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TABLE OF CONTENTS Jan 20 - 26, 2014 Volume 99 Number 49 - 0 comments

Rio Alto gets an environmental nod to expand mine at La Arena

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By: Salma Tarikh
2014-01-15

Rio Alto Mining (TSX: RIO; TSXV: RIO; NYSE: RIOM) is inching closer to producing copper from its La Arena project in northern Peru, with a recent environmental approval for an 18,000-tonne-per-day, open-pit sulphide operation.

Rio Alto produces gold from an oxide dump leach mine at La Arena. The gold mine reached commercial production in January 2012, and is slated to churn out 190,000 to 210,000 oz. in 2013, at all-in sustaining costs of US$900 to US$1,000 per oz.

Ore at La Arena is extracted from two high-sulphidation epithermal pits — Calaorco and Ethel — and dumped by truck onto leach pads before being treated with cyanide-leach solution for 60 days. The pregnant solution is then pumped into a nearby adsorption, desorption and refining plant that has a daily capacity of 36,000 tonnes. This production rate should continue into the first half of 2017, before tapering off and giving way to the second, more robust phase of the project. Phase two consists of mining copper with gold credits from the adjacent copper–gold–molybdenum porphyry pit.

On Jan. 6, Rio Alto announced that Peru’s Ministry of Energy and Mines approved the modifications it made to the environmental-impact assessment (EIA) for an expanded La Arena. The amended EIA “allows us to begin preparation of additional permit applications for the sulphide mine [such as modifying facilities], concentrator and waste dump, and tailings disposal,” Alejandra Gomez, Rio Alto’s manager of investor relations, said in an email. She estimates phase-two construction could start in late 2014 or 2015, depending on when Rio Alto receives the construction permits.

Commenting on the EIA approval that took seven months to complete, Gomez says in an interview that “everyone is working hard — especially our Lima environmental team, which was working in record time to obtain approval for the modifications to the EIA. That’s a great milestone for us. Things don’t usually happen that quickly.”

Raymond James analyst Adam Low echoed that the milestone helps the company’s aspirations to become a copper producer at La Arena, and that “longer-term, the company is backed by organic growth from an attractive copper–gold project at La Arena that is scalable, and can be internally funded due to its low capital intensity,” he writes in a note. Low has a $3.50 price target and an “outperform 2” rating on Rio Alto.

Meanwhile, the single-asset miner is wrapping up a feasibility study for the sulphide project due in the second quarter. It says building the 18,000-tonne-per-day copper–gold project would cost US$200 million to US$250 million. Start-up production is slated at 50 million lb. copper and 40,000 oz. gold a year, at an ­average grade of 0.4% copper and 0.3 gram gold per tonne. Rio Alto plans on expanding throughput to 36,000 tonnes per day.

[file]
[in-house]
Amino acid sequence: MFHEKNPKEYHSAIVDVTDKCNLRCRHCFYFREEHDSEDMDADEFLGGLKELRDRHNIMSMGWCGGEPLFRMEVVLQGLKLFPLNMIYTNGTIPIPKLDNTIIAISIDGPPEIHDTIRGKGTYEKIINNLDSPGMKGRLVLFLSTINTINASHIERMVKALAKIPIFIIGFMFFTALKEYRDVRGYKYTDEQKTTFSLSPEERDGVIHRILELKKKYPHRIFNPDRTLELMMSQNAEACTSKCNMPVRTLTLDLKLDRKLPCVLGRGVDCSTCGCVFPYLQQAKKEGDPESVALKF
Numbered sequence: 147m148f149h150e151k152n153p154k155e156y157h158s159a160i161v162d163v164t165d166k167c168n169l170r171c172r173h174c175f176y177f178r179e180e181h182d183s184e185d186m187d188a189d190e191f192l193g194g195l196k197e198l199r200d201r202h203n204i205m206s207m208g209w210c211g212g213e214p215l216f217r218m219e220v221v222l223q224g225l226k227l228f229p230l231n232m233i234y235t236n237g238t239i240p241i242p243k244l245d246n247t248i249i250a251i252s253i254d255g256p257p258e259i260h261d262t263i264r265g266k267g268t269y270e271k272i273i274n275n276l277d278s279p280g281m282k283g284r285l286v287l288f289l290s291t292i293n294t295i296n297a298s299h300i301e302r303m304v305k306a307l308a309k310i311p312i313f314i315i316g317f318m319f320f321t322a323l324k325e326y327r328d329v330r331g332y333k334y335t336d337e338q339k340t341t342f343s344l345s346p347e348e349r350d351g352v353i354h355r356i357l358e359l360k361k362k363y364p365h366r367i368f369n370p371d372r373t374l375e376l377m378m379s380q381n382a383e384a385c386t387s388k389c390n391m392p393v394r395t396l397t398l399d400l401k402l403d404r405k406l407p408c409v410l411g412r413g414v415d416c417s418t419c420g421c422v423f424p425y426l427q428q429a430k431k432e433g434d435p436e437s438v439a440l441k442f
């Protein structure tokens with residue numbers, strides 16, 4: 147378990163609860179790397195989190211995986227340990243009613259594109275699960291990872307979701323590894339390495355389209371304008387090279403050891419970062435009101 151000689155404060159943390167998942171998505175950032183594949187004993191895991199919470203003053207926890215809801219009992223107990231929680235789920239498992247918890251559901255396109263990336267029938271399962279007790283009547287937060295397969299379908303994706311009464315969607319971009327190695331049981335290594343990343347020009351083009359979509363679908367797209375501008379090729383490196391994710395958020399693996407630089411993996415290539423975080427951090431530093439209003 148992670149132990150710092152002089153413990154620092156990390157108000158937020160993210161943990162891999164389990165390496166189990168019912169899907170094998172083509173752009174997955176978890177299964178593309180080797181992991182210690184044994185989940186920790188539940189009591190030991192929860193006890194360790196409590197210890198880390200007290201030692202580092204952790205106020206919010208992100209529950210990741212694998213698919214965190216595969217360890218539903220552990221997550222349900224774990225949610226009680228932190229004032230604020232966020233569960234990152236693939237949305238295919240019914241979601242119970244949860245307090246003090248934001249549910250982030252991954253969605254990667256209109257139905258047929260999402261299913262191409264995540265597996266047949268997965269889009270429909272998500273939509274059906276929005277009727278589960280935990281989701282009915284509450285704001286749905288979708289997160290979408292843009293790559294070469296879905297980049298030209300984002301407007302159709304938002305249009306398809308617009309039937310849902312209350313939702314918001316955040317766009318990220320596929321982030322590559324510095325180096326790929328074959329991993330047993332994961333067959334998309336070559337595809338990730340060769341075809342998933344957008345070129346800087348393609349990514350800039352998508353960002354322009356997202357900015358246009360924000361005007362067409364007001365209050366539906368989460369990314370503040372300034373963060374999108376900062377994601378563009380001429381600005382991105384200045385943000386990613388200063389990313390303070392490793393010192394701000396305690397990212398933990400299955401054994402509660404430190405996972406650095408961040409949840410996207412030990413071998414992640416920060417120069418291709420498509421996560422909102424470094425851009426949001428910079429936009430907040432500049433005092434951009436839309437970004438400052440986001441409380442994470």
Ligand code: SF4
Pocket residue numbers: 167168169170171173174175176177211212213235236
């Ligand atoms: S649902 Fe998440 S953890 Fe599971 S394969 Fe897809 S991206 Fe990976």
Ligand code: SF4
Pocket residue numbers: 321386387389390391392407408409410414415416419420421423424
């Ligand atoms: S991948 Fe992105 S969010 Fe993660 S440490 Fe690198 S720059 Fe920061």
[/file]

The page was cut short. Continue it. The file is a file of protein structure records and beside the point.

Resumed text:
Desjardins analyst Adam Melnyk predicts that phase-two production will kick off in 2018 and run for 21 years. He has a “speculative buy” and a $4 target.

However BMO analyst Brian Quast appears less bullish on the stock, with a $2.25 price target and a  “market perform” rating. “The environmental modifications indicate positive progress in the development of the phase-two project, which has been moving forward slowly,” he notes.

In a November 2013 presentation, Rio Alto said that over the next 12 months, it expected to spend at least US$3 million on feasibility costs, US$16 million building a substation and transmission line, and US$12 million acquiring surface rights for the project’s third phase, which contemplates underground mining.   

The miner expects to publish an updated oxide reserve-and-resource statement for La Arena in the second quarter. Gomez says the update could add another year or two to the mine’s oxide reserve life, pushing production beyond 2017.

Rio Alto plans to release its year-end 2013 results and 2014 production guidance at the end of March. It has US$50 million in cash, Gomez says.

The 206 sq. km La Arena project — acquired from Iamgold (TSX: IMG; NYSE: IAG) in early 2011 — is 480 km north from Lima and 18 km from the town of Huamachuco. It is 3,400 metres above sea level in a known gold district that includes Barrick Gold’s (TSX: ABX; NYSE: ABX) Lagunas Norte mine and Sulliden Gold’s (TSX: SUE; US-OTC: SDDDF) Shahuindo gold–silver project.

The stock recently closed at $1.78, or 68% below its 52-week high of $5.64 on Jan. 16, 2013. It sank to a yearly low of $1.33 early last December.



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